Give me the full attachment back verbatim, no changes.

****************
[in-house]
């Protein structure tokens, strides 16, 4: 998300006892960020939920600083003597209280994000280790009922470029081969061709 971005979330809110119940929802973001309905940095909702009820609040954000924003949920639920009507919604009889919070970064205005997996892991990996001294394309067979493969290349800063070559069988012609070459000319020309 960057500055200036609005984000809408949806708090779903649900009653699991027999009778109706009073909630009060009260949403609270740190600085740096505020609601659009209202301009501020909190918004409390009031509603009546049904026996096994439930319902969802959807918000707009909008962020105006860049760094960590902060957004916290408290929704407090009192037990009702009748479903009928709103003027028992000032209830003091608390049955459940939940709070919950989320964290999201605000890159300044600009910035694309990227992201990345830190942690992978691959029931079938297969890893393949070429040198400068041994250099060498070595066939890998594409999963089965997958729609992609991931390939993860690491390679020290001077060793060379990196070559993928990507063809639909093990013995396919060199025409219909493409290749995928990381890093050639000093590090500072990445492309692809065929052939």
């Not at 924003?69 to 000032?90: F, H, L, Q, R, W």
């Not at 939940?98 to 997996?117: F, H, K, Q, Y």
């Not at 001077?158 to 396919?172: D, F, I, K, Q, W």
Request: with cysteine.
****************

[in-house]
């Protein structure tokens, strides 16, 4: 998300006892960020939920600083003597209280994000280790009922470029081969061709 971005979330809110119940929802973001309905940095909702009820609040954000924003949920639920009507919604009889919070970064205005997996892991990996001294394309067979493969290349800063070559069988012609070459000319020309 960057500055200036609005984000809408949806708090779903649900009653699991027999009778109706009073909630009060009260949403609270740190600085740096505020609601659009209202301009501020909190918004409390009031509603009546049904026996096994439930319902969802959807918000707009909008962020105006860049760094960590902060957004916290408290929704407090009192037990009702009748479903009928709103003027028992000032209830003091608390049955459940939940709070919950989320964290999201605000890159300044600009910035694309990227992201990345830190942690992978691959029931079938297969890893393949070429040198400068041994250099060498070595066939890998594409999963089965997958729609992609991931390939993860690491390679020290001077060793060379990196070559993928990507063809639909093990013995396919060199025409219909493409290749995928990381890093050639000093590090500072990445492309692809065929052939």
């Not at 924003?69 to 000032?90: F, H, L, Q, R, W």
């Not at 939940?98 to 997996?117: F, H, K, Q, Y």
């Not at 001077?158 to 396919?172: D, F, I, K, Q, W």
Request: with cysteine.